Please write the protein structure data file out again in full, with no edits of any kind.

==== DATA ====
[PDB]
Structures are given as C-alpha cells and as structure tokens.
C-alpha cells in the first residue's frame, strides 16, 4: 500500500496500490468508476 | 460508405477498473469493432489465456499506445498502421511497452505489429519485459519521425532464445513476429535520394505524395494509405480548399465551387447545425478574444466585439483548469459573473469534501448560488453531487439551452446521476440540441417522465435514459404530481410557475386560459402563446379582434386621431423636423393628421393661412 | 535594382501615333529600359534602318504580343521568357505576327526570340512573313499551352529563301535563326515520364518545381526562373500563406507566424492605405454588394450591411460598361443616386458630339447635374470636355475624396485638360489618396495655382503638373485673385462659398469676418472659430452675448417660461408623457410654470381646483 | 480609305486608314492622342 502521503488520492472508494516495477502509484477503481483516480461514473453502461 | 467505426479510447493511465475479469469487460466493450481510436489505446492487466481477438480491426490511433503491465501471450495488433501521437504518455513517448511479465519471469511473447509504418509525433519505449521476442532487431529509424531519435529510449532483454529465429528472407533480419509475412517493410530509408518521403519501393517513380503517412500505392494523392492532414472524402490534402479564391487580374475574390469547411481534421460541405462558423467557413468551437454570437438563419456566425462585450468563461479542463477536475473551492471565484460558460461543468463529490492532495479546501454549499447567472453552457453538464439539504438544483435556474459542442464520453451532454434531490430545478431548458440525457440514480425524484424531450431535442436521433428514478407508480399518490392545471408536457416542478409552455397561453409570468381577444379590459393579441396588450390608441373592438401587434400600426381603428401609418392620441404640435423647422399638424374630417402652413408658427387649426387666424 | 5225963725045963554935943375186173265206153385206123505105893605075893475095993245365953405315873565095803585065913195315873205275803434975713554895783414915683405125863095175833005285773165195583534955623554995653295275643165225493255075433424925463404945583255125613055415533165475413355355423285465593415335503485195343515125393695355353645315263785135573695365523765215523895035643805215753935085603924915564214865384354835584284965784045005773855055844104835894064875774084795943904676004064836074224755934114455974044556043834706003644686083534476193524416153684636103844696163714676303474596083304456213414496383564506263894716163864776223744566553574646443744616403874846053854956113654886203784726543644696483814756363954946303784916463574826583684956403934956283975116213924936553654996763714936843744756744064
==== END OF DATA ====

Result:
[PDB]
Structures are given as C-alpha cells and as structure tokens.
C-alpha cells in the first residue's frame, strides 16, 4: 500500500496500490468508476 | 460508405477498473469493432489465456499506445498502421511497452505489429519485459519521425532464445513476429535520394505524395494509405480548399465551387447545425478574444466585439483548469459573473469534501448560488453531487439551452446521476440540441417522465435514459404530481410557475386560459402563446379582434386621431423636423393628421393661412 | 535594382501615333529600359534602318504580343521568357505576327526570340512573313499551352529563301535563326515520364518545381526562373500563406507566424492605405454588394450591411460598361443616386458630339447635374470636355475624396485638360489618396495655382503638373485673385462659398469676418472659430452675448417660461408623457410654470381646483 | 480609305486608314492622342 502521503488520492472508494516495477502509484477503481483516480461514473453502461 | 467505426479510447493511465475479469469487460466493450481510436489505446492487466481477438480491426490511433503491465501471450495488433501521437504518455513517448511479465519471469511473447509504418509525433519505449521476442532487431529509424531519435529510449532483454529465429528472407533480419509475412517493410530509408518521403519501393517513380503517412500505392494523392492532414472524402490534402479564391487580374475574390469547411481534421460541405462558423467557413468551437454570437438563419456566425462585450468563461479542463477536475473551492471565484460558460461543468463529490492532495479546501454549499447567472453552457453538464439539504438544483435556474459542442464520453451532454434531490430545478431548458440525457440514480425524484424531450431535442436521433428514478407508480399518490392545471408536457416542478409552455397561453409570468381577444379590459393579441396588450390608441373592438401587434400600426381603428401609418392620441404640435423647422399638424374630417402652413408658427387649426387666424 | 5225963725045963554935943375186173265206153385206123505105893605075893475095993245365953405315873565095803585065913195315873205275803434975713554895783414915683405125863095175833005285773165195583534955623554995653295275643165225493255075433424925463404945583255125613055415533165475413355355423285465593415335503485195343515125393695355353645315263785135573695365523765215523895035643805215753935085603924915564214865384354835584284965784045005773855055844104835894064875774084795943904676004064836074224755934114455974044556043834706003644686083534476193524416153684636103844696163714676303474596083304456213414496383564506263894716163864776223744566553574646443744616403874846053854956113654886203784726543644696483814756363954946303784916463574826583684956403934956283975116213924936553654996763714936843744756744064